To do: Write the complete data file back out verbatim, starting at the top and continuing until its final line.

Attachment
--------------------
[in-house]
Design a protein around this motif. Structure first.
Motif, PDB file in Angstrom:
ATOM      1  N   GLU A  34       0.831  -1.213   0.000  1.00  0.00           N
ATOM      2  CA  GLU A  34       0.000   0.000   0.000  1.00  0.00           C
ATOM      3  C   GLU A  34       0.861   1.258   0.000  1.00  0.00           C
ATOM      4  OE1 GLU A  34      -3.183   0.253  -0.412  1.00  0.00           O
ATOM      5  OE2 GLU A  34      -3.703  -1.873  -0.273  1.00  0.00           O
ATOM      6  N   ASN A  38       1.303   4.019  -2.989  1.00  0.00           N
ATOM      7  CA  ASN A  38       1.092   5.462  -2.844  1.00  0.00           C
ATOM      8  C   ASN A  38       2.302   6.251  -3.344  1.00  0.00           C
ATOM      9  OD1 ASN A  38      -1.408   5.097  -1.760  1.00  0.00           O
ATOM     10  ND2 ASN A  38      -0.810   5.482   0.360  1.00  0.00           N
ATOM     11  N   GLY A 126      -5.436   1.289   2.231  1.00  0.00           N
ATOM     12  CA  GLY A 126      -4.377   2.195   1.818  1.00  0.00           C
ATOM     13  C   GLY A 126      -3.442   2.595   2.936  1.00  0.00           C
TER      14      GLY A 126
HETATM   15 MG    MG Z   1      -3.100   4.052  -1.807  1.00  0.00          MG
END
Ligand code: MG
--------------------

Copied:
[in-house]
Design a protein around this motif. Structure first.
Motif, PDB file in Angstrom:
ATOM      1  N   GLU A  34       0.831  -1.213   0.000  1.00  0.00           N
ATOM      2  CA  GLU A  34       0.000   0.000   0.000  1.00  0.00           C
ATOM      3  C   GLU A  34       0.861   1.258   0.000  1.00  0.00           C
ATOM      4  OE1 GLU A  34      -3.183   0.253  -0.412  1.00  0.00           O
ATOM      5  OE2 GLU A  34      -3.703  -1.873  -0.273  1.00  0.00           O
ATOM      6  N   ASN A  38       1.303   4.019  -2.989  1.00  0.00           N
ATOM      7  CA  ASN A  38       1.092   5.462  -2.844  1.00  0.00           C
ATOM      8  C   ASN A  38       2.302   6.251  -3.344  1.00  0.00           C
ATOM      9  OD1 ASN A  38      -1.408   5.097  -1.760  1.00  0.00           O
ATOM     10  ND2 ASN A  38      -0.810   5.482   0.360  1.00  0.00           N
ATOM     11  N   GLY A 126      -5.436   1.289   2.231  1.00  0.00           N
ATOM     12  CA  GLY A 126      -4.377   2.195   1.818  1.00  0.00           C
ATOM     13  C   GLY A 126      -3.442   2.595   2.936  1.00  0.00           C
TER      14      GLY A 126
HETATM   15 MG    MG Z   1      -3.100   4.052  -1.807  1.00  0.00          MG
END
Ligand code: MG